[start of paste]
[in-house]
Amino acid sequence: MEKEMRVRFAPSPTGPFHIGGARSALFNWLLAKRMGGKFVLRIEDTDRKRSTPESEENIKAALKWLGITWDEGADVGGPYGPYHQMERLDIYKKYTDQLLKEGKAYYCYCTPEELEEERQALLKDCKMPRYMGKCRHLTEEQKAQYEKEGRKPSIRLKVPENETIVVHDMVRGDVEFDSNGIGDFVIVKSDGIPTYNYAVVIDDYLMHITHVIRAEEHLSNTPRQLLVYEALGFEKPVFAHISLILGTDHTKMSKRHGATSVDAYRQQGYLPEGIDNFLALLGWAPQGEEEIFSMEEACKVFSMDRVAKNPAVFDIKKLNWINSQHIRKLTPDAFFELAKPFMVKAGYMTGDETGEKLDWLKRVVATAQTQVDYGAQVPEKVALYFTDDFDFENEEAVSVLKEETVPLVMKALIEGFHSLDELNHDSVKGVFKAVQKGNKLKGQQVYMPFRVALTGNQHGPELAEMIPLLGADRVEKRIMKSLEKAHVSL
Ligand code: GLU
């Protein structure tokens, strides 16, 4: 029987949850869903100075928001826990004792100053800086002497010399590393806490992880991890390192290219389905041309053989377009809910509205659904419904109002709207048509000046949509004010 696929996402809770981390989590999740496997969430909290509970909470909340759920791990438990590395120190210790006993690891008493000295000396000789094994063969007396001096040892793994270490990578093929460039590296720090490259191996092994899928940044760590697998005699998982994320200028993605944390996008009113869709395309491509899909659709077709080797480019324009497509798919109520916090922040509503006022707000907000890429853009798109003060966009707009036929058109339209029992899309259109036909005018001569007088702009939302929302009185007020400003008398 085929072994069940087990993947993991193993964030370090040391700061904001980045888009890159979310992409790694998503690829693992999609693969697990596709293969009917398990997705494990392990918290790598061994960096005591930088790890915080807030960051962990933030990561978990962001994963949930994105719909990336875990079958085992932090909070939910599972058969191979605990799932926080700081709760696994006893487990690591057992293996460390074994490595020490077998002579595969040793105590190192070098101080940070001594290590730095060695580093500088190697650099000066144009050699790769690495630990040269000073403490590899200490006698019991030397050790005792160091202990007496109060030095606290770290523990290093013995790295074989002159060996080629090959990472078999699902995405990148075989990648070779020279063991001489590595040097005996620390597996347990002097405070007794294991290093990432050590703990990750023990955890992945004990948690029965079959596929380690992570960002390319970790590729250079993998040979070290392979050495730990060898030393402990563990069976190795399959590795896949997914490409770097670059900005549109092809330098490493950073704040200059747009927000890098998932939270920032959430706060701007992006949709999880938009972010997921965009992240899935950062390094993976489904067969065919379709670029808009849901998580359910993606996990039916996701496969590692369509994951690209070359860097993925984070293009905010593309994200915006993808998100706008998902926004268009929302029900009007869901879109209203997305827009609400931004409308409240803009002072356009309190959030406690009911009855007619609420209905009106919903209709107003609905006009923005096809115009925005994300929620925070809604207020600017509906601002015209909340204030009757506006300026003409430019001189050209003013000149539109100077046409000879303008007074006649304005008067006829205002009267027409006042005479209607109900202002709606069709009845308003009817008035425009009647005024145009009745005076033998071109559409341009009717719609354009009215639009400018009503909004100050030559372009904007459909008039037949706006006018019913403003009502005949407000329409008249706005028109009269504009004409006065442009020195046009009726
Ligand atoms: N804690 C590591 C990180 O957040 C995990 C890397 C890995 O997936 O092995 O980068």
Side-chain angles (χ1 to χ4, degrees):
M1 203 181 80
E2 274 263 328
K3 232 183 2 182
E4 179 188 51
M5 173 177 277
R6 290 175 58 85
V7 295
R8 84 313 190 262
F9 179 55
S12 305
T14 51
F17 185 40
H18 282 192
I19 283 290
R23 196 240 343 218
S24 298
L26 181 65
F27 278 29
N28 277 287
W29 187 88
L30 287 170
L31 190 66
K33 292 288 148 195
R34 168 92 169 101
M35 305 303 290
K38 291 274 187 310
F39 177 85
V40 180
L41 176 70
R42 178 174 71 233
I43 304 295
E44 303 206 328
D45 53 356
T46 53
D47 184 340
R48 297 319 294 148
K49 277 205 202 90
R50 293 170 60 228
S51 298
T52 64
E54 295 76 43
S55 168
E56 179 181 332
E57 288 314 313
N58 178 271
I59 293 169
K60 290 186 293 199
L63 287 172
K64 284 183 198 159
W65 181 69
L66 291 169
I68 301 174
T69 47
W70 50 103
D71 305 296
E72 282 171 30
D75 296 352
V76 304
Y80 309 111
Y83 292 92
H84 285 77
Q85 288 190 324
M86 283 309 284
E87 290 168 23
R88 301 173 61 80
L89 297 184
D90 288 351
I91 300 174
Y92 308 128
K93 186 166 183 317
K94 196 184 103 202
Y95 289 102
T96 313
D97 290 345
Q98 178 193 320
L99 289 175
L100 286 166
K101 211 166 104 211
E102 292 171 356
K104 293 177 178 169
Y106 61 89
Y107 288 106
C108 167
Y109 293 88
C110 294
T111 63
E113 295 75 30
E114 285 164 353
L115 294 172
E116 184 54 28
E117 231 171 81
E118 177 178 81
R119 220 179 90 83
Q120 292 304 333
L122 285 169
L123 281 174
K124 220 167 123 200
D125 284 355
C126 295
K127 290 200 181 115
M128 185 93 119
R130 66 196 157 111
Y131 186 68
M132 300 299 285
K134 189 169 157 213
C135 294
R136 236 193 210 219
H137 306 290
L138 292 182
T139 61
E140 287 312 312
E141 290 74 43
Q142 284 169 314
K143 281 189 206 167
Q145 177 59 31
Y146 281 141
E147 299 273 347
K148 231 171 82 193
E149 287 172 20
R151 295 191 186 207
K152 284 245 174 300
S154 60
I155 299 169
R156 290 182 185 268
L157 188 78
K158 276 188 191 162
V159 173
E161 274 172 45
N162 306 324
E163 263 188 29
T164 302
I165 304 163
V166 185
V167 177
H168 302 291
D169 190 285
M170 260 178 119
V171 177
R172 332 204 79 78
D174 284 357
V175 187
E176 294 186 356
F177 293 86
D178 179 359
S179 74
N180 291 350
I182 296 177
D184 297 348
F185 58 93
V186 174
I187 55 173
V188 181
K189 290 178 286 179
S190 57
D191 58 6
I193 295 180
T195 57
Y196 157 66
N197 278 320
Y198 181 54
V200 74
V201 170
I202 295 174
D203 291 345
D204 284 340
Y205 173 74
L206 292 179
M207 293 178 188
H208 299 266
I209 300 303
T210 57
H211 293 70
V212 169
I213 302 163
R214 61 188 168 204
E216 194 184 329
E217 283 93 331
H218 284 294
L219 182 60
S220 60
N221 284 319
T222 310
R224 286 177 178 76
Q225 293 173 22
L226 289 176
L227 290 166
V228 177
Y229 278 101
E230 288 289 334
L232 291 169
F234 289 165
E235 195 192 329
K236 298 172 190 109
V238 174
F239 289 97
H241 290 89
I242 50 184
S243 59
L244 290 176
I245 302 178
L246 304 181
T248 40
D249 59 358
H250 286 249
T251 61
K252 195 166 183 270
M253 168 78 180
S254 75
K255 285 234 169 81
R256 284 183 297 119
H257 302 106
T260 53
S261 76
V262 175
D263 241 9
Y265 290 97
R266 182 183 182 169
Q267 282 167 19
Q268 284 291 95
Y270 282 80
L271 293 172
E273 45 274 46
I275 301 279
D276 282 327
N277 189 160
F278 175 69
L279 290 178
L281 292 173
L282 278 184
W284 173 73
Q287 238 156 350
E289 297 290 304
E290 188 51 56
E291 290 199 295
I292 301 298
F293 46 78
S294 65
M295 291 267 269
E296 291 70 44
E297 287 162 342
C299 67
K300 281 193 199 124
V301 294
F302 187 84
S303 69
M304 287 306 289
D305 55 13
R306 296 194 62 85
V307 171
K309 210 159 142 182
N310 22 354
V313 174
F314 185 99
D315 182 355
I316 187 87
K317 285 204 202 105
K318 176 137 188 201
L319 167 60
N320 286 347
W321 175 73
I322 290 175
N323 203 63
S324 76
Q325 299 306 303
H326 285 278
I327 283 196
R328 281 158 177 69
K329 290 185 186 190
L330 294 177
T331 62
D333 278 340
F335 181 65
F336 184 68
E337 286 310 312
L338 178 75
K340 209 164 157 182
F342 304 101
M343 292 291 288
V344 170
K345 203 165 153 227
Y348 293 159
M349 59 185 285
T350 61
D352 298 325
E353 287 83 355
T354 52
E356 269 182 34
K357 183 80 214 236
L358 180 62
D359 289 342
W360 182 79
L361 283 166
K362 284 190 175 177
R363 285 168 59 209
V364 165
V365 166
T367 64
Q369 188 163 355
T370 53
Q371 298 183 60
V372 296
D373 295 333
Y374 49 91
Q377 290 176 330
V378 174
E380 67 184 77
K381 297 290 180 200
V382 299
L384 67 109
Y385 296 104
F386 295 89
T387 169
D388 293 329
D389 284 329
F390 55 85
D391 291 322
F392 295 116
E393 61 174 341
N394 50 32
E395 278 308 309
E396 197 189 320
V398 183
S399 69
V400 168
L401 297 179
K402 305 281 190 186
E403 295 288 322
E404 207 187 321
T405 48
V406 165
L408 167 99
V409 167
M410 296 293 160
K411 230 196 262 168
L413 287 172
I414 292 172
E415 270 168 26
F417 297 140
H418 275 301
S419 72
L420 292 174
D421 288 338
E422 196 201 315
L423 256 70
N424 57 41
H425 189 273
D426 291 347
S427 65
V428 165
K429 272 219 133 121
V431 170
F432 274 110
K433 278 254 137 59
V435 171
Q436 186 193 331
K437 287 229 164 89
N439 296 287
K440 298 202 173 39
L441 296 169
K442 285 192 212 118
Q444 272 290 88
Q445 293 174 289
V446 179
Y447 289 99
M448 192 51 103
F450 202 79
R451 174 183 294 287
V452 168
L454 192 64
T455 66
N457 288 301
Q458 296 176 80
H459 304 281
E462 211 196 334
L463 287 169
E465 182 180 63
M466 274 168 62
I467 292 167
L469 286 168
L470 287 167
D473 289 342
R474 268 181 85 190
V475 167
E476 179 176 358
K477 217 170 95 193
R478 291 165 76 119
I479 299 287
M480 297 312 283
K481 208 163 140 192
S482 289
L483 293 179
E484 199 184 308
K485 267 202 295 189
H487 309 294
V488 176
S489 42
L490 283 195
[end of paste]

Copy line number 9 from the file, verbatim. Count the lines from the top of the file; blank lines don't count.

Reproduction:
K3 232 183 2 182